So, what about all those wines that were being tasted? They tell the story plain and simple. There was one common attribute that could be found in each winemaker interpretation and found in each varietal and that was tannic expression. The tannins are consistent across the entire range, being very fine grained, sophisticated in texture, always present but not in the way of fruit. From Petite Sirah by Keplinger to Mourvedre by Dirty and Rowdy, while very different varieties and traits, that underlying tannin profile could be found. It undoubtedly speaks to this place.
It is rare to see one vineyard with such a diverse set of winery clients all single vineyard labeled to Shake Ridge Ranch. Many wines were Rhone blends with Grenache Mourvedre and Syrah being a common theme, yet Barbera and Zinfandel get a major stage. Forlorn Hope had gone a step further with creating two versions of Barbera from Shake Ridge, one using sulphur and the other totally without sulphur. The natural acidity of the Barbera, put in the right spot in this vineyard, allowed for different results on nose and brightness on palate.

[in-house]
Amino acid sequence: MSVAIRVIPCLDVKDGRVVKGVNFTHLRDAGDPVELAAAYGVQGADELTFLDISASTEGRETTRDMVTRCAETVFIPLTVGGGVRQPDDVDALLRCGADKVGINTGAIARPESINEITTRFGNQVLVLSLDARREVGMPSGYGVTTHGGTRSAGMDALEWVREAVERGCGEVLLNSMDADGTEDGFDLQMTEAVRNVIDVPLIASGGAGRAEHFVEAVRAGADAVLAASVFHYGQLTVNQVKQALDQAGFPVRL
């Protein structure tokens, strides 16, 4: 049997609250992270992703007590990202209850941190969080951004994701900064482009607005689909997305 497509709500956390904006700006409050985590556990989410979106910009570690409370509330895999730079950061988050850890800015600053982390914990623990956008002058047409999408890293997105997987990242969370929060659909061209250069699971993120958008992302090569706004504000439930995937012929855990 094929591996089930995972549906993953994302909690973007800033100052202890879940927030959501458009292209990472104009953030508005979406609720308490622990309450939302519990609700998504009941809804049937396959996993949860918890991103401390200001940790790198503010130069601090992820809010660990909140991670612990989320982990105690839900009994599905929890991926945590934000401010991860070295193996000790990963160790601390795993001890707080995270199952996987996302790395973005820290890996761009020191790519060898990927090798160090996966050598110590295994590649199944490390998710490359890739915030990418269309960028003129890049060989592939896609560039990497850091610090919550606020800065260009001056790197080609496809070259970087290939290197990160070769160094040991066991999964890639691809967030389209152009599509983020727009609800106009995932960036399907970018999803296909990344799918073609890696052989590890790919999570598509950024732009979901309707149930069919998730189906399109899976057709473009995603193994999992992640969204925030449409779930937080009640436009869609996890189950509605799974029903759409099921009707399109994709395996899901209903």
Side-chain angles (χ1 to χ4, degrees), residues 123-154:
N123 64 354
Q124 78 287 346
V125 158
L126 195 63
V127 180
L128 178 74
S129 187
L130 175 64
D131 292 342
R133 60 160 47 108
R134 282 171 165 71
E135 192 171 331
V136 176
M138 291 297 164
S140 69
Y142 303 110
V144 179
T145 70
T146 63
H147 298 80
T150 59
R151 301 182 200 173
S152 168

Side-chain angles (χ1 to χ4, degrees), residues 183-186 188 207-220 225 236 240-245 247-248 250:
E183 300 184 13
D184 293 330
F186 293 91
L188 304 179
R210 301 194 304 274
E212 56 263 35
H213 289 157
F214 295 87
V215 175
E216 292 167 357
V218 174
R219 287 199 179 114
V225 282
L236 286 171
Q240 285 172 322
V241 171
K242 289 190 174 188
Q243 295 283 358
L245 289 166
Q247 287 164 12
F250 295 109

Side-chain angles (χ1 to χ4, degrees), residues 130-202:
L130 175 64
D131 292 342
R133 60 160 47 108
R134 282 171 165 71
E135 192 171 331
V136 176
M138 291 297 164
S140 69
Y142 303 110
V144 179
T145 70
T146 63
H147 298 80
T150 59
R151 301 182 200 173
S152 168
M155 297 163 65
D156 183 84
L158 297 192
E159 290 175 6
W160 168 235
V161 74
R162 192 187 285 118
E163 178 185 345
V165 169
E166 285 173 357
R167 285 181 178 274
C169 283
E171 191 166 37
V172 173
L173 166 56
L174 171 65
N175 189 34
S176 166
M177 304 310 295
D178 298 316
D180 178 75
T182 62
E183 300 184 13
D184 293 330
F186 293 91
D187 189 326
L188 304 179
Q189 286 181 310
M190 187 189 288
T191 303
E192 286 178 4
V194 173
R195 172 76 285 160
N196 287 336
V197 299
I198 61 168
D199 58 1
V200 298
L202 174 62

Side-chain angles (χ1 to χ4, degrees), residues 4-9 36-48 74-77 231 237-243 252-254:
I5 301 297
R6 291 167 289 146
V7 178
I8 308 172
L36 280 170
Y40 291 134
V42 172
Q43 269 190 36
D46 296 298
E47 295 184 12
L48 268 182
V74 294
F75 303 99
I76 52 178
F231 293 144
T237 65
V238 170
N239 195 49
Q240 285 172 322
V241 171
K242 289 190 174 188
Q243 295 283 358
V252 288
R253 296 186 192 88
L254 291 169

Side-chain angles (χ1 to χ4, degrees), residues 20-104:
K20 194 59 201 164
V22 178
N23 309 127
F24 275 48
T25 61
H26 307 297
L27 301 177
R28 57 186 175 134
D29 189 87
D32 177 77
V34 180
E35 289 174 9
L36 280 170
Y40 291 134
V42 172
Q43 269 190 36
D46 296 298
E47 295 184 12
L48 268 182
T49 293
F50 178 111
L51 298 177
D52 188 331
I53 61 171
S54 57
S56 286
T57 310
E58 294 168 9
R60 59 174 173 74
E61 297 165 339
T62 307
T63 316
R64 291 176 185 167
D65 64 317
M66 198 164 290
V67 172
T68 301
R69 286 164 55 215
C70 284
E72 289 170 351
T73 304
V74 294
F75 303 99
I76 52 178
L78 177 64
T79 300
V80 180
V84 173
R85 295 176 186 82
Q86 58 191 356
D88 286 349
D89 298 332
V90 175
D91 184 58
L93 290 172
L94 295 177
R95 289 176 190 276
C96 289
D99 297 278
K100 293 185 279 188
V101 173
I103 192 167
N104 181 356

One of the stand out wines, if that could be said among this group, was Mourvedre done by Dirty and Rowdy from a small southern facing block high on the property. Soft and silky, yet expressing those defining tannins and bright fruit, it begged to keep tasting this wine. But it would be impossible to really claim any one wine stood out over the others. This group of exceptional winemakers is almost as unique as the vineyard itself, and they certainly present passionate statements of each block and variety.
Yorba is the family label (a tribute to the citrus growing company of So CA). They are just preparing to open a new tasting room (remember Shake Ridge Ranch is singularly a vineyard) in downtown Sutter Creek. Visitors to Amador County are finding this community is fast becoming the wine tasting and dining focal point in the more southern region of east/west Amador County. Shenandoah Valley (CA) AVA and Fiddletown AVA are more associated with Plymouth.
To cap off this incredible day, a wonderful outdoor dinner was prepared at sundown while this band of winemakers tore through multiple bottles of each others single vineyard offerings. Convergence at the pouring table was an amazing site.